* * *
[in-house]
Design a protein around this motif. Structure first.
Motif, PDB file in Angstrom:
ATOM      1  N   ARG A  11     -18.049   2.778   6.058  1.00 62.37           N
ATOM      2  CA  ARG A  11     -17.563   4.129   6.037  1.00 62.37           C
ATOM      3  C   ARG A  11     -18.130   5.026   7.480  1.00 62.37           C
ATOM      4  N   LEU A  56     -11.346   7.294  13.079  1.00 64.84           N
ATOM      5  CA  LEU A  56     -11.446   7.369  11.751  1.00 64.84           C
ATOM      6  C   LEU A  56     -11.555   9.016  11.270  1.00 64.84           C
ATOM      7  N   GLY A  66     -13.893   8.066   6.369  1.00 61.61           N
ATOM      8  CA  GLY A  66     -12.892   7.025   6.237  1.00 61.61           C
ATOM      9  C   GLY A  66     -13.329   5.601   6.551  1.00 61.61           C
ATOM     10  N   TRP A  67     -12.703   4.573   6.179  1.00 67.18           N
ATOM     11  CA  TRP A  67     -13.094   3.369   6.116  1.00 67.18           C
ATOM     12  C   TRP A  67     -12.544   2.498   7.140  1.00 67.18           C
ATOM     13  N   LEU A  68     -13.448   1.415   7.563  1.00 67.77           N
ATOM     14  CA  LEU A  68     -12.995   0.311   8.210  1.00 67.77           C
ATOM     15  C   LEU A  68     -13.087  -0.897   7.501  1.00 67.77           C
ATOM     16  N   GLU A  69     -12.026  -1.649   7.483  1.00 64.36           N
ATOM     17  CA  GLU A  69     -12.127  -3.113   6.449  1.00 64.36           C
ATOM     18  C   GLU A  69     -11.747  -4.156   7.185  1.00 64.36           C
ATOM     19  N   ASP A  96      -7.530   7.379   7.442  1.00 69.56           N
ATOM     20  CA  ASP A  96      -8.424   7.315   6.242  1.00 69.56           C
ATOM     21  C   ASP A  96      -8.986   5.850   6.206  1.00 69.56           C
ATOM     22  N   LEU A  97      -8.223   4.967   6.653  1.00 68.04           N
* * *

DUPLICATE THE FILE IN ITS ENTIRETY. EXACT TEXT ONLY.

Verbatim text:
[in-house]
Design a protein around this motif. Structure first.
Motif, PDB file in Angstrom:
ATOM      1  N   ARG A  11     -18.049   2.778   6.058  1.00 62.37           N
ATOM      2  CA  ARG A  11     -17.563   4.129   6.037  1.00 62.37           C
ATOM      3  C   ARG A  11     -18.130   5.026   7.480  1.00 62.37           C
ATOM      4  N   LEU A  56     -11.346   7.294  13.079  1.00 64.84           N
ATOM      5  CA  LEU A  56     -11.446   7.369  11.751  1.00 64.84           C
ATOM      6  C   LEU A  56     -11.555   9.016  11.270  1.00 64.84           C
ATOM      7  N   GLY A  66     -13.893   8.066   6.369  1.00 61.61           N
ATOM      8  CA  GLY A  66     -12.892   7.025   6.237  1.00 61.61           C
ATOM      9  C   GLY A  66     -13.329   5.601   6.551  1.00 61.61           C
ATOM     10  N   TRP A  67     -12.703   4.573   6.179  1.00 67.18           N
ATOM     11  CA  TRP A  67     -13.094   3.369   6.116  1.00 67.18           C
ATOM     12  C   TRP A  67     -12.544   2.498   7.140  1.00 67.18           C
ATOM     13  N   LEU A  68     -13.448   1.415   7.563  1.00 67.77           N
ATOM     14  CA  LEU A  68     -12.995   0.311   8.210  1.00 67.77           C
ATOM     15  C   LEU A  68     -13.087  -0.897   7.501  1.00 67.77           C
ATOM     16  N   GLU A  69     -12.026  -1.649   7.483  1.00 64.36           N
ATOM     17  CA  GLU A  69     -12.127  -3.113   6.449  1.00 64.36           C
ATOM     18  C   GLU A  69     -11.747  -4.156   7.185  1.00 64.36           C
ATOM     19  N   ASP A  96      -7.530   7.379   7.442  1.00 69.56           N
ATOM     20  CA  ASP A  96      -8.424   7.315   6.242  1.00 69.56           C
ATOM     21  C   ASP A  96      -8.986   5.850   6.206  1.00 69.56           C
ATOM     22  N   LEU A  97      -8.223   4.967   6.653  1.00 68.04           N